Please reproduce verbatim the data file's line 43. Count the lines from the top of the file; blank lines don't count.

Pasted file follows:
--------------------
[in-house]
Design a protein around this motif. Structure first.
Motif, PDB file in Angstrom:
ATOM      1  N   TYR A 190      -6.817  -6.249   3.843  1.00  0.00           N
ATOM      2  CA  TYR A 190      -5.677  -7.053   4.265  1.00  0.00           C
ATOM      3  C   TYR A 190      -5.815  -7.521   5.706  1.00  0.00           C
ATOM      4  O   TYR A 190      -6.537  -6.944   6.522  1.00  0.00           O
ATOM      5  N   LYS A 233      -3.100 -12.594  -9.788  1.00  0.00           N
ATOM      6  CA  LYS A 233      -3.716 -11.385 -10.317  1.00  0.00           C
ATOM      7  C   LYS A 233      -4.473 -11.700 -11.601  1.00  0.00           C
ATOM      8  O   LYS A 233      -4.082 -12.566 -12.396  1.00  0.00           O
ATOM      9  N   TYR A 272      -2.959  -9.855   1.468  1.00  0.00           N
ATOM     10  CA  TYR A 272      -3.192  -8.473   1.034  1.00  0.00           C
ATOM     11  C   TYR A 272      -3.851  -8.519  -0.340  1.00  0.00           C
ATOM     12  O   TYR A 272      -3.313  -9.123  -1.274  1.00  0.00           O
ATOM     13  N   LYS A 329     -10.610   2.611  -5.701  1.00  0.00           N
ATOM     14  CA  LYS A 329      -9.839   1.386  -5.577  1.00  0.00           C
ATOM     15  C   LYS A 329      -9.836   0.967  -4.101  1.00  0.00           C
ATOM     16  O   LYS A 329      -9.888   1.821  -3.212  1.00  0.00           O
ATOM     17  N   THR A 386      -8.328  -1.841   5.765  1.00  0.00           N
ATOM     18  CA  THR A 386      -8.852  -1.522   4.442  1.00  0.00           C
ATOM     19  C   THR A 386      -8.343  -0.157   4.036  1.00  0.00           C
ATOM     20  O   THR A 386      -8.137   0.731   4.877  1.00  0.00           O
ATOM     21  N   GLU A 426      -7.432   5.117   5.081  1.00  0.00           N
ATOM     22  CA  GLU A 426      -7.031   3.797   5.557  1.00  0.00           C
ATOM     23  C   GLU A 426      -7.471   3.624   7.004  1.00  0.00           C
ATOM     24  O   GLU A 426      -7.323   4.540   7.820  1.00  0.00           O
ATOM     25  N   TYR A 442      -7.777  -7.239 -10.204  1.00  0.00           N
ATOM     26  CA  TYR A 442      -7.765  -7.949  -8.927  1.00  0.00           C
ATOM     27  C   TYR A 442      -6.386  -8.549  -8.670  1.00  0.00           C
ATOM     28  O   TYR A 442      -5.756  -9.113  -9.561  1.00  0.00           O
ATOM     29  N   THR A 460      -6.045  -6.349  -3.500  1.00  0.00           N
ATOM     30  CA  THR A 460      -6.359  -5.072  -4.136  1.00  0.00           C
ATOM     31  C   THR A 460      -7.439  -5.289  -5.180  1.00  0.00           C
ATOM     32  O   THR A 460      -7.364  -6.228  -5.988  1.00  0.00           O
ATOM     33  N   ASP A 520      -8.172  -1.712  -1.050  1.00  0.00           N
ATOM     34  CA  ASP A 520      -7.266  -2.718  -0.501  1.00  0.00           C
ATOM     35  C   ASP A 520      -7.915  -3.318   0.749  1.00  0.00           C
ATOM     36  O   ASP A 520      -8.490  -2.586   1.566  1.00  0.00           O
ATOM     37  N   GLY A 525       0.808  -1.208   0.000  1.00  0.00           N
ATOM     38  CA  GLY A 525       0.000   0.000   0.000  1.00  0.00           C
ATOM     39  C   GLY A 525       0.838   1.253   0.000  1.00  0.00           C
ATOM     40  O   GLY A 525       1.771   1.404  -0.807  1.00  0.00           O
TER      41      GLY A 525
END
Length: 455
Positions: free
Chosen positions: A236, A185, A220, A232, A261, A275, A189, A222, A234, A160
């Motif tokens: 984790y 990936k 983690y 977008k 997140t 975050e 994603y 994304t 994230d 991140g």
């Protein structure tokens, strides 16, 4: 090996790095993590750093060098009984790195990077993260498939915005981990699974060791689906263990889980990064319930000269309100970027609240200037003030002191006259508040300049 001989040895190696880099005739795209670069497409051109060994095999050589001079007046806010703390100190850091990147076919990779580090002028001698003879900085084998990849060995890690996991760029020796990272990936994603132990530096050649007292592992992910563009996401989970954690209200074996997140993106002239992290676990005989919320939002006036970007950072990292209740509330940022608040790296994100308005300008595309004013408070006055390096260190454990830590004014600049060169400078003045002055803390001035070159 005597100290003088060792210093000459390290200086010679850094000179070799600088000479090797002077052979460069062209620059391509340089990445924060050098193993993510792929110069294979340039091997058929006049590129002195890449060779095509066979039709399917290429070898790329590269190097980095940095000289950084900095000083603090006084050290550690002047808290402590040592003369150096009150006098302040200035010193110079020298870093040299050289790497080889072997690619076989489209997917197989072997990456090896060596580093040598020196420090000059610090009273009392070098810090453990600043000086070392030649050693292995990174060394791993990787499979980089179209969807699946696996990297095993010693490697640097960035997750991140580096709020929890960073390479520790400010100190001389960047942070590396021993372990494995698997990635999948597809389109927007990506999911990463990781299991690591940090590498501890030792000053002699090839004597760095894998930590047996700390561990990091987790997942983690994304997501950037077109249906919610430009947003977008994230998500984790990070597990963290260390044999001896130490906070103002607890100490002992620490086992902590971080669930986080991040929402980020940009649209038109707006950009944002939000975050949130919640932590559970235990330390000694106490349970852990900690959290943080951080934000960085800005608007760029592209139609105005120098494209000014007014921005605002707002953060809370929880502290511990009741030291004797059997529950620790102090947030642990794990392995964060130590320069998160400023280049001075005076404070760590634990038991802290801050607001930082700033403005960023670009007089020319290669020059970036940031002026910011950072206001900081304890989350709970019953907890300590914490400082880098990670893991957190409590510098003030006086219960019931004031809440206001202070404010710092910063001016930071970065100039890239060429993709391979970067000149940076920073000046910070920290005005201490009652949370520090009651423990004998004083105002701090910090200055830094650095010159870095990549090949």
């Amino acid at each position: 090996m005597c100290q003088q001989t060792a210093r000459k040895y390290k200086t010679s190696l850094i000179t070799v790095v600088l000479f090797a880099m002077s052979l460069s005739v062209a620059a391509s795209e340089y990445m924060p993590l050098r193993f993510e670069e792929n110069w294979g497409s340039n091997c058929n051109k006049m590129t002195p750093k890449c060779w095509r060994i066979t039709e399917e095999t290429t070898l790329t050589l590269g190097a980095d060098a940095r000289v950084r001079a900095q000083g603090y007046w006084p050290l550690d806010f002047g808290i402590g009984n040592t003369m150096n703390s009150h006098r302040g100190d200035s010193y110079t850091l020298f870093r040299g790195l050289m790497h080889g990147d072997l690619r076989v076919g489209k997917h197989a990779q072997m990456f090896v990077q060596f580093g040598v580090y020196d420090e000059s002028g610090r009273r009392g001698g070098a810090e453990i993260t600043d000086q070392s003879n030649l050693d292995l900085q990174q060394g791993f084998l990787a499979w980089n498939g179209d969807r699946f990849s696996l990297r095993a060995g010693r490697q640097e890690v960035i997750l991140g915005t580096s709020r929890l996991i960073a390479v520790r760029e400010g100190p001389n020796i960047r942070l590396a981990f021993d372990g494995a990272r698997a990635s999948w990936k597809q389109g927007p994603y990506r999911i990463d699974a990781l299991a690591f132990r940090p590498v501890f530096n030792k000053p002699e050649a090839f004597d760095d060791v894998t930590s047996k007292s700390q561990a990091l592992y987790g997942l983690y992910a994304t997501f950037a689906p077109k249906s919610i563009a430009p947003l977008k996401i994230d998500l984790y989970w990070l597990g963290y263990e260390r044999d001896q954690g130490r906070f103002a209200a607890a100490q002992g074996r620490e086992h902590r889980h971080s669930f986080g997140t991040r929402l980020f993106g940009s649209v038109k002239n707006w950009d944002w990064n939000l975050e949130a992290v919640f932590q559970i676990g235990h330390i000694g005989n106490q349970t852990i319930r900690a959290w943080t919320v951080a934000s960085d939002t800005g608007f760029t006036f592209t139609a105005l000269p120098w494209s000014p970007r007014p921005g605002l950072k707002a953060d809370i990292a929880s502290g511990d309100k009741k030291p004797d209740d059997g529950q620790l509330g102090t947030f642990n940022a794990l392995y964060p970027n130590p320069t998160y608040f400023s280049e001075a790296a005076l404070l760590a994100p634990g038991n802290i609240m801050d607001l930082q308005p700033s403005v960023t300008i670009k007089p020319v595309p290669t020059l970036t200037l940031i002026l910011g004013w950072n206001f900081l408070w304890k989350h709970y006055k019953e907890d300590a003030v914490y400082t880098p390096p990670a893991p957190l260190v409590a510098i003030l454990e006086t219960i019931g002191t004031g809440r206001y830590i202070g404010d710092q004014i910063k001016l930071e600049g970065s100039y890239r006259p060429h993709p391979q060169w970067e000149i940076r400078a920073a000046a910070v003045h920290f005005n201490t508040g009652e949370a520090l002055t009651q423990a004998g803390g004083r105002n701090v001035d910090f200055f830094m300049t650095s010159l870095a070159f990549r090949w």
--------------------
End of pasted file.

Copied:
ATOM     40  O   GLY A 525       1.771   1.404  -0.807  1.00  0.00           O